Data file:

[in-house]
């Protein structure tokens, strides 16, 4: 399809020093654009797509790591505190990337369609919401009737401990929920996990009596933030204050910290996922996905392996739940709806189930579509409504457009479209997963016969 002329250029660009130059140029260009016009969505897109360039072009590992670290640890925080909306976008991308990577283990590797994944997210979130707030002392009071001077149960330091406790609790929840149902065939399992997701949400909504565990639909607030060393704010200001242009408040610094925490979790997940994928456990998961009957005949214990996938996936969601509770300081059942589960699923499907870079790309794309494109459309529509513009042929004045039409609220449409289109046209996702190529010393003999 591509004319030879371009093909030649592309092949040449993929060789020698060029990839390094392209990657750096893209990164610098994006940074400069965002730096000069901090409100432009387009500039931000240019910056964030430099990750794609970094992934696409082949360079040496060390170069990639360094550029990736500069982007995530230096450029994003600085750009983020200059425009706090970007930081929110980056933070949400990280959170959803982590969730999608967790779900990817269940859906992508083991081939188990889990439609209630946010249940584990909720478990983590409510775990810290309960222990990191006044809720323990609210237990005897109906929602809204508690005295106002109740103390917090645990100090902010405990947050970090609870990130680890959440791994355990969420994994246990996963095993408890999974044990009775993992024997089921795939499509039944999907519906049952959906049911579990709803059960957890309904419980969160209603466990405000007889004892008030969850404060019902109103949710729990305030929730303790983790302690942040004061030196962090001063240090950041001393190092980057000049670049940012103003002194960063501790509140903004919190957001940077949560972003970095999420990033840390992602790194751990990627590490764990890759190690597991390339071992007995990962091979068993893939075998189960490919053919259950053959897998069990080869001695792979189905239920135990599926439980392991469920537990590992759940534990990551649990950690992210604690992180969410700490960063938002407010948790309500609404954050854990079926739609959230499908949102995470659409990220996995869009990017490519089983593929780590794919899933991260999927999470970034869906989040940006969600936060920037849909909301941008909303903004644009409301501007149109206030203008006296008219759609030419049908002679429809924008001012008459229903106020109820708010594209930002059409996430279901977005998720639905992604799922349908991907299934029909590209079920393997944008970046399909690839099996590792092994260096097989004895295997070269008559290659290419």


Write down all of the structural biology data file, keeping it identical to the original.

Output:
[in-house]
């Protein structure tokens, strides 16, 4: 399809020093654009797509790591505190990337369609919401009737401990929920996990009596933030204050910290996922996905392996739940709806189930579509409504457009479209997963016969 002329250029660009130059140029260009016009969505897109360039072009590992670290640890925080909306976008991308990577283990590797994944997210979130707030002392009071001077149960330091406790609790929840149902065939399992997701949400909504565990639909607030060393704010200001242009408040610094925490979790997940994928456990998961009957005949214990996938996936969601509770300081059942589960699923499907870079790309794309494109459309529509513009042929004045039409609220449409289109046209996702190529010393003999 591509004319030879371009093909030649592309092949040449993929060789020698060029990839390094392209990657750096893209990164610098994006940074400069965002730096000069901090409100432009387009500039931000240019910056964030430099990750794609970094992934696409082949360079040496060390170069990639360094550029990736500069982007995530230096450029994003600085750009983020200059425009706090970007930081929110980056933070949400990280959170959803982590969730999608967790779900990817269940859906992508083991081939188990889990439609209630946010249940584990909720478990983590409510775990810290309960222990990191006044809720323990609210237990005897109906929602809204508690005295106002109740103390917090645990100090902010405990947050970090609870990130680890959440791994355990969420994994246990996963095993408890999974044990009775993992024997089921795939499509039944999907519906049952959906049911579990709803059960957890309904419980969160209603466990405000007889004892008030969850404060019902109103949710729990305030929730303790983790302690942040004061030196962090001063240090950041001393190092980057000049670049940012103003002194960063501790509140903004919190957001940077949560972003970095999420990033840390992602790194751990990627590490764990890759190690597991390339071992007995990962091979068993893939075998189960490919053919259950053959897998069990080869001695792979189905239920135990599926439980392991469920537990590992759940534990990551649990950690992210604690992180969410700490960063938002407010948790309500609404954050854990079926739609959230499908949102995470659409990220996995869009990017490519089983593929780590794919899933991260999927999470970034869906989040940006969600936060920037849909909301941008909303903004644009409301501007149109206030203008006296008219759609030419049908002679429809924008001012008459229903106020109820708010594209930002059409996430279901977005998720639905992604799922349908991907299934029909590209079920393997944008970046399909690839099996590792092994260096097989004895295997070269008559290659290419």